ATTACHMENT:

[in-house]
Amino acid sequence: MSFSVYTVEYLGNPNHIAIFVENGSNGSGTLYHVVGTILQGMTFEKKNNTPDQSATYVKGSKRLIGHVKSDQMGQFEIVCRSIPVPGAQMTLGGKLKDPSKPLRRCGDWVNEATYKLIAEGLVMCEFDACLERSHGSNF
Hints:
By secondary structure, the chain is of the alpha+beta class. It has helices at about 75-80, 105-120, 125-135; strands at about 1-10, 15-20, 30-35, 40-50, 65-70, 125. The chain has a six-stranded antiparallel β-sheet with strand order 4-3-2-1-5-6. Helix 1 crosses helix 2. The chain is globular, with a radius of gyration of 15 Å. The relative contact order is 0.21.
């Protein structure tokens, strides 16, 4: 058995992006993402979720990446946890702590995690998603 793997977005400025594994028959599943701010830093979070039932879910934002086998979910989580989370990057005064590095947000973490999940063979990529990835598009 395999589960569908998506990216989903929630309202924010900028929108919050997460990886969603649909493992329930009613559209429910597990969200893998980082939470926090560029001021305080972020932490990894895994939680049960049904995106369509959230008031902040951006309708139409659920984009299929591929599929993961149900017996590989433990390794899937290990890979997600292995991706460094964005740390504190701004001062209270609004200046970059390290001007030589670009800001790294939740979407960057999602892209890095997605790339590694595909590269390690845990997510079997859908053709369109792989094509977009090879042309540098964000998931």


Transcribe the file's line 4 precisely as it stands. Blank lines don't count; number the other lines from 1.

By secondary structure, the chain is of the alpha+beta class. It has helices at about 75-80, 105-120, 125-135; strands at about 1-10, 15-20, 30-35, 40-50, 65-70, 125. The chain has a six-stranded antiparallel β-sheet with strand order 4-3-2-1-5-6. Helix 1 crosses helix 2. The chain is globular, with a radius of gyration of 15 Å. The relative contact order is 0.21.